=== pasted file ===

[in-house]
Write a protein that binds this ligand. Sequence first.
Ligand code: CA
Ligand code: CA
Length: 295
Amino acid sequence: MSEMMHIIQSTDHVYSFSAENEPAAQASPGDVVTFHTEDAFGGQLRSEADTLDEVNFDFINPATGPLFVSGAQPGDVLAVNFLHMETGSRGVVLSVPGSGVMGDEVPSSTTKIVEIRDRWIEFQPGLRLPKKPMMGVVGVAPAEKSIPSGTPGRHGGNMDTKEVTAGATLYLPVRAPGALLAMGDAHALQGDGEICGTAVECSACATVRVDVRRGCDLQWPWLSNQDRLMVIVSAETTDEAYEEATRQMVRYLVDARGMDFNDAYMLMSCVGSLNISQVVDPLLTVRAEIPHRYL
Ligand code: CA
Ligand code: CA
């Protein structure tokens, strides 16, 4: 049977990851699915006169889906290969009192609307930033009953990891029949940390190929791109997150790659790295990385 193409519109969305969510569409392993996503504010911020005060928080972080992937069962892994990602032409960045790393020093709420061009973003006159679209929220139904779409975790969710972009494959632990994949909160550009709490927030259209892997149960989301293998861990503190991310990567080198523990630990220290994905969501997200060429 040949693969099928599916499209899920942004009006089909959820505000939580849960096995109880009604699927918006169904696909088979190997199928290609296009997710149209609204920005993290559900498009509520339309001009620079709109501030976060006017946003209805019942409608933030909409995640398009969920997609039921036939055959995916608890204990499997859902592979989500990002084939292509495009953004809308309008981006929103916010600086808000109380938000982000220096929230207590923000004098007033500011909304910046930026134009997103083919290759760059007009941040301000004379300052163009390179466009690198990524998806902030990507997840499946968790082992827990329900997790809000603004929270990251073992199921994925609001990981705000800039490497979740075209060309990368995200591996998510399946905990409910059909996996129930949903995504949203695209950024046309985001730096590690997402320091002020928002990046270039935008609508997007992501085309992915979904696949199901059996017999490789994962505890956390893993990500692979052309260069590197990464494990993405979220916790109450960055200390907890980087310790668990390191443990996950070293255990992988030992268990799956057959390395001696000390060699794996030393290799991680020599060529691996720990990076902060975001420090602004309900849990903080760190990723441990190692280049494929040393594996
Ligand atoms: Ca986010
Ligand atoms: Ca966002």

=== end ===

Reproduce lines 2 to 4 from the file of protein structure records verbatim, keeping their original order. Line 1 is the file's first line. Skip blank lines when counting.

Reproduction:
Write a protein that binds this ligand. Sequence first.
Ligand code: CA
Ligand code: CA